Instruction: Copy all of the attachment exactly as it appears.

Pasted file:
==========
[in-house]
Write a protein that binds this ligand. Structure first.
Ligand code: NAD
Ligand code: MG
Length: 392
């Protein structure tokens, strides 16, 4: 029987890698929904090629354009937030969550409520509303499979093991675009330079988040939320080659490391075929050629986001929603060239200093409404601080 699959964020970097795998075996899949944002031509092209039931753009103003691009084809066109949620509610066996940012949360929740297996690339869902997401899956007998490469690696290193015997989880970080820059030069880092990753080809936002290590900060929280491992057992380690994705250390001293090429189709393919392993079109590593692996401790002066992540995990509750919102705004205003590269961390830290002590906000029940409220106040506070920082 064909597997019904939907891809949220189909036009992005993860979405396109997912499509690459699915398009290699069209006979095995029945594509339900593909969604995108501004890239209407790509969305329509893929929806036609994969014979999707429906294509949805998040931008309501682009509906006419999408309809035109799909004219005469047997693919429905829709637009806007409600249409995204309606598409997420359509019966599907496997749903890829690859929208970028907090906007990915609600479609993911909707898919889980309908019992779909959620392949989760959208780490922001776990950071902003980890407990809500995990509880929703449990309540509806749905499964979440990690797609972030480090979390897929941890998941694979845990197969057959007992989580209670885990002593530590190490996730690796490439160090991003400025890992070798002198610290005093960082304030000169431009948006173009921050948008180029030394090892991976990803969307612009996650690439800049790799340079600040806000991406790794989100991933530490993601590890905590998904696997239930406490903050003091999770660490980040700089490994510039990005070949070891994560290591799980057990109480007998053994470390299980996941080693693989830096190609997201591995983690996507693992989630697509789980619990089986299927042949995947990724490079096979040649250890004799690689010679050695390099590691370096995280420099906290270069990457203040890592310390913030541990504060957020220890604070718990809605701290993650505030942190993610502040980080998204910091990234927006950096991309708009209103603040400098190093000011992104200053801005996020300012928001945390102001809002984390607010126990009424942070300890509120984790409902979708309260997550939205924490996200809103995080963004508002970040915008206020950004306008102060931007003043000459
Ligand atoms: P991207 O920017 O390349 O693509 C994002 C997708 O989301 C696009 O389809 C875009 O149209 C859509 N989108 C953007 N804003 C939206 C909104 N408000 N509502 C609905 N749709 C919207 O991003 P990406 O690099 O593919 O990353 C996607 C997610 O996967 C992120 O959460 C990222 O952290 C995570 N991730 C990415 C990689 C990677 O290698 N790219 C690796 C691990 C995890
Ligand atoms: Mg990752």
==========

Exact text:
[in-house]
Write a protein that binds this ligand. Structure first.
Ligand code: NAD
Ligand code: MG
Length: 392
């Protein structure tokens, strides 16, 4: 029987890698929904090629354009937030969550409520509303499979093991675009330079988040939320080659490391075929050629986001929603060239200093409404601080 699959964020970097795998075996899949944002031509092209039931753009103003691009084809066109949620509610066996940012949360929740297996690339869902997401899956007998490469690696290193015997989880970080820059030069880092990753080809936002290590900060929280491992057992380690994705250390001293090429189709393919392993079109590593692996401790002066992540995990509750919102705004205003590269961390830290002590906000029940409220106040506070920082 064909597997019904939907891809949220189909036009992005993860979405396109997912499509690459699915398009290699069209006979095995029945594509339900593909969604995108501004890239209407790509969305329509893929929806036609994969014979999707429906294509949805998040931008309501682009509906006419999408309809035109799909004219005469047997693919429905829709637009806007409600249409995204309606598409997420359509019966599907496997749903890829690859929208970028907090906007990915609600479609993911909707898919889980309908019992779909959620392949989760959208780490922001776990950071902003980890407990809500995990509880929703449990309540509806749905499964979440990690797609972030480090979390897929941890998941694979845990197969057959007992989580209670885990002593530590190490996730690796490439160090991003400025890992070798002198610290005093960082304030000169431009948006173009921050948008180029030394090892991976990803969307612009996650690439800049790799340079600040806000991406790794989100991933530490993601590890905590998904696997239930406490903050003091999770660490980040700089490994510039990005070949070891994560290591799980057990109480007998053994470390299980996941080693693989830096190609997201591995983690996507693992989630697509789980619990089986299927042949995947990724490079096979040649250890004799690689010679050695390099590691370096995280420099906290270069990457203040890592310390913030541990504060957020220890604070718990809605701290993650505030942190993610502040980080998204910091990234927006950096991309708009209103603040400098190093000011992104200053801005996020300012928001945390102001809002984390607010126990009424942070300890509120984790409902979708309260997550939205924490996200809103995080963004508002970040915008206020950004306008102060931007003043000459
Ligand atoms: P991207 O920017 O390349 O693509 C994002 C997708 O989301 C696009 O389809 C875009 O149209 C859509 N989108 C953007 N804003 C939206 C909104 N408000 N509502 C609905 N749709 C919207 O991003 P990406 O690099 O593919 O990353 C996607 C997610 O996967 C992120 O959460 C990222 O952290 C995570 N991730 C990415 C990689 C990677 O290698 N790219 C690796 C691990 C995890
Ligand atoms: Mg990752």